Boundary Value Problems(Part- 1) - Electrostatics, Electromagnetic Theory, CSIR-NET Physical Science Physics Notes | EduRev

Physics for IIT JAM, UGC - NET, CSIR NET

Created by: Akhilesh Thakur

Physics : Boundary Value Problems(Part- 1) - Electrostatics, Electromagnetic Theory, CSIR-NET Physical Science Physics Notes | EduRev

The document Boundary Value Problems(Part- 1) - Electrostatics, Electromagnetic Theory, CSIR-NET Physical Science Physics Notes | EduRev is a part of the Physics Course Physics for IIT JAM, UGC - NET, CSIR NET.
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Example: Dielectric Filled Parallel Plates Consider two infinite, parallel conducting plates, spaced a distance d apart. The region between the plates is filled with a dielectric ε .  Say a voltage V0 is placed across these plates. 

Boundary Value Problems(Part- 1) - Electrostatics, Electromagnetic Theory, CSIR-NET Physical Science Physics Notes | EduRev

Q: What electric potential field V Boundary Value Problems(Part- 1) - Electrostatics, Electromagnetic Theory, CSIR-NET Physical Science Physics Notes | EduRev, electric field E Boundary Value Problems(Part- 1) - Electrostatics, Electromagnetic Theory, CSIR-NET Physical Science Physics Notes | EduRev and charge density ρs Boundary Value Problems(Part- 1) - Electrostatics, Electromagnetic Theory, CSIR-NET Physical Science Physics Notes | EduRevis produced by this situation?

A: We must solve a boundary value problem !  We must find solutions that:

a) Satisfy the differential equations of electrostatics (e.g., Poisson’s, Gauss’s).

 b)  Satisfy the electrostatic boundary conditions.

Q: Yikes! Where do we even start ?
 A: 
We might start with the electric potential field VBoundary Value Problems(Part- 1) - Electrostatics, Electromagnetic Theory, CSIR-NET Physical Science Physics Notes | EduRev , since it is a scalar field. a)  The electric potential function must satisfy Poisson’s equation: 

Boundary Value Problems(Part- 1) - Electrostatics, Electromagnetic Theory, CSIR-NET Physical Science Physics Notes | EduRev

b) It must also satisfy the boundary conditions: 

V z =−d =V              V z = 0 = 0

Consider first the dielectric region ( −d <z< 0 ).  

Since the region is a dielectric, there is no free charge, and: 

ρvBoundary Value Problems(Part- 1) - Electrostatics, Electromagnetic Theory, CSIR-NET Physical Science Physics Notes | EduRev =0

Therefore, Poisson’s equation reduces to Laplace’s equation: 

Boundary Value Problems(Part- 1) - Electrostatics, Electromagnetic Theory, CSIR-NET Physical Science Physics Notes | EduRev

This problem is greatly simplified, as it is evident that the solution V Boundary Value Problems(Part- 1) - Electrostatics, Electromagnetic Theory, CSIR-NET Physical Science Physics Notes | EduRev is independent of coordinates x and y .  In other words, the electric potential field will be a function of coordinate z only: V Boundary Value Problems(Part- 1) - Electrostatics, Electromagnetic Theory, CSIR-NET Physical Science Physics Notes | EduRev =V (z )

This make the problem much easier!  Laplace’s equation becomes:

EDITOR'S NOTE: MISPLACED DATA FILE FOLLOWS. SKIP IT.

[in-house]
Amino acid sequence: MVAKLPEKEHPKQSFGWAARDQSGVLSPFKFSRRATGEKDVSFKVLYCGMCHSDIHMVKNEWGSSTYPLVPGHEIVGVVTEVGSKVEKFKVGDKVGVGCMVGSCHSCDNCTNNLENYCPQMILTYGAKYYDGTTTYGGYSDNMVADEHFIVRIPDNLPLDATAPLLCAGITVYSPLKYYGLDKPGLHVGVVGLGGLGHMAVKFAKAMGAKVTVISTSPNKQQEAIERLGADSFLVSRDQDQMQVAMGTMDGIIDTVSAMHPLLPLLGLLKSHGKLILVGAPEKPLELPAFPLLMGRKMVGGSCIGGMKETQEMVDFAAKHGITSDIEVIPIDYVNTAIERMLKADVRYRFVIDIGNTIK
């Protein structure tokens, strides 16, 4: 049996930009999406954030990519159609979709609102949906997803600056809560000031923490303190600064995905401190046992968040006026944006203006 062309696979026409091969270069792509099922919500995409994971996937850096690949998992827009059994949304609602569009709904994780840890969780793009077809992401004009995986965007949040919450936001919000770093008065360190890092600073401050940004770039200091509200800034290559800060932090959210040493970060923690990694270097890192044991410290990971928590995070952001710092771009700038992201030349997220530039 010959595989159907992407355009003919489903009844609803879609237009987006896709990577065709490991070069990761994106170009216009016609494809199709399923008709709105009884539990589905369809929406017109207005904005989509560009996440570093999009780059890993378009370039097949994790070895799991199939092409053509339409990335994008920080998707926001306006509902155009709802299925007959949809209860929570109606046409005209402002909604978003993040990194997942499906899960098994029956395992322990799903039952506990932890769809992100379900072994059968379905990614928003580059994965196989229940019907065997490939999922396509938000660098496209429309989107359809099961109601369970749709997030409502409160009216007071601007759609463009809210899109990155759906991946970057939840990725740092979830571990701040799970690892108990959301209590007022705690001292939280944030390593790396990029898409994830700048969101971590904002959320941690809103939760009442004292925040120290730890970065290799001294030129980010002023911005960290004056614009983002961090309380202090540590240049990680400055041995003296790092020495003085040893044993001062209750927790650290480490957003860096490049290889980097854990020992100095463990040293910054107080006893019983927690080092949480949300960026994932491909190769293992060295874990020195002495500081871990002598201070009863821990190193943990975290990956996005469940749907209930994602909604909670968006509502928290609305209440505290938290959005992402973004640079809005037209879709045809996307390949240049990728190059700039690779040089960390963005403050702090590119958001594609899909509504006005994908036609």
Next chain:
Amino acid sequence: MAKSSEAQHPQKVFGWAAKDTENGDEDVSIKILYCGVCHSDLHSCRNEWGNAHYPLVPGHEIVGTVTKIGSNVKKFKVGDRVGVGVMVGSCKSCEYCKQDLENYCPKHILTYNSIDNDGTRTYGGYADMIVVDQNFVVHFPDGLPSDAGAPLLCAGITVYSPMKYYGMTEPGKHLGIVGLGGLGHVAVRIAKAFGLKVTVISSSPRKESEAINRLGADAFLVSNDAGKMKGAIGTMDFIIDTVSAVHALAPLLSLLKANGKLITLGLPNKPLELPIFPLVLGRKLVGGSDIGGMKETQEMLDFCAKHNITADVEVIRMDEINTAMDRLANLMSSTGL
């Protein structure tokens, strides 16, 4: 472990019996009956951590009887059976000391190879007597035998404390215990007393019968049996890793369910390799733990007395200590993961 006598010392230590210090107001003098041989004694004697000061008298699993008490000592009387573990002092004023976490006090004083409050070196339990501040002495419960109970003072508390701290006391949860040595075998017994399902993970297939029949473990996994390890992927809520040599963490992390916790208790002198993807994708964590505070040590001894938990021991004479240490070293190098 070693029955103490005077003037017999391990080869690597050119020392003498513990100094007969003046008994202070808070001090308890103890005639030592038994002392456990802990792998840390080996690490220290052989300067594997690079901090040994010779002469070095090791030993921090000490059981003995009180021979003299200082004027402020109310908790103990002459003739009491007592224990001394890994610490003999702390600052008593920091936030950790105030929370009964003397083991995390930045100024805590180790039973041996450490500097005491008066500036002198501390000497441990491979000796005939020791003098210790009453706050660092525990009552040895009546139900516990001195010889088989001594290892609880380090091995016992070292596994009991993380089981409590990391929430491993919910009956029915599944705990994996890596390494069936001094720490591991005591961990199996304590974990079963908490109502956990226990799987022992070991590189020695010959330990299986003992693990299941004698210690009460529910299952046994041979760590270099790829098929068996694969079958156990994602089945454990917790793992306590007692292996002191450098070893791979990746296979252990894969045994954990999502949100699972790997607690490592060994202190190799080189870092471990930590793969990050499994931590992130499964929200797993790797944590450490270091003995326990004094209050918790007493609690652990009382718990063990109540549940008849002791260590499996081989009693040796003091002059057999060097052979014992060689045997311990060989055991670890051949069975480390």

Boundary Value Problems(Part- 1) - Electrostatics, Electromagnetic Theory, CSIR-NET Physical Science Physics Notes | EduRev

Integrating both sides of Laplace’s equation, we get: 

Boundary Value Problems(Part- 1) - Electrostatics, Electromagnetic Theory, CSIR-NET Physical Science Physics Notes | EduRev

And integrating again we find: 

Boundary Value Problems(Part- 1) - Electrostatics, Electromagnetic Theory, CSIR-NET Physical Science Physics Notes | EduRev

We find that the equation V (z ) =C1z + C2 will satisfy Laplace’s equation  (try it!).  We must now apply the boundary conditions to determine the value of constants Cand C2.

We know that the value of the electrostatic potential at every point on the top (z =-d) plate is  V (-d)=V0, while the electric potential on the bottom plate (z =0) is zero (V (0) =0 ).  Therefore: 

Boundary Value Problems(Part- 1) - Electrostatics, Electromagnetic Theory, CSIR-NET Physical Science Physics Notes | EduRev

Two equations and two unknowns (C1 and C2)! Solving for C1 and C2 we get: 

Boundary Value Problems(Part- 1) - Electrostatics, Electromagnetic Theory, CSIR-NET Physical Science Physics Notes | EduRev

and therefore, the electric potential field within the dielectric is found to be: 

Boundary Value Problems(Part- 1) - Electrostatics, Electromagnetic Theory, CSIR-NET Physical Science Physics Notes | EduRev

Before we proceed, let’s do a sanity check!

In other words, let’s evaluate our answer at z = 0 and z = -d, to make sure our result is correct: 

Boundary Value Problems(Part- 1) - Electrostatics, Electromagnetic Theory, CSIR-NET Physical Science Physics Notes | EduRev

and 

Boundary Value Problems(Part- 1) - Electrostatics, Electromagnetic Theory, CSIR-NET Physical Science Physics Notes | EduRev

Now, we can find the electric field within the dielectric by taking the gradient of our result: 

Boundary Value Problems(Part- 1) - Electrostatics, Electromagnetic Theory, CSIR-NET Physical Science Physics Notes | EduRev

And thus we can easily determine the electric flux density by multiplying by the dielectric of the material: 

Boundary Value Problems(Part- 1) - Electrostatics, Electromagnetic Theory, CSIR-NET Physical Science Physics Notes | EduRev

Finally, we need to determine the charge density that actually created these fields!

Q: Charge density !?!  I thought that we already determined that the charge density ρvBoundary Value Problems(Part- 1) - Electrostatics, Electromagnetic Theory, CSIR-NET Physical Science Physics Notes | EduRev is equal to zero?

A: We know that the free charge density within the dielectric is zero—but there must be charge somewhere, otherwise there would be no fields! 

Recall that we found that at a conductor/dielectric interface, the surface charge density on the conductor is related to the electric flux density in the dielectric as: 

Boundary Value Problems(Part- 1) - Electrostatics, Electromagnetic Theory, CSIR-NET Physical Science Physics Notes | EduRev

First, we find that the electric flux density on the bottom surface of the top conductor (i.e., at z = −d ) is: 

Boundary Value Problems(Part- 1) - Electrostatics, Electromagnetic Theory, CSIR-NET Physical Science Physics Notes | EduRev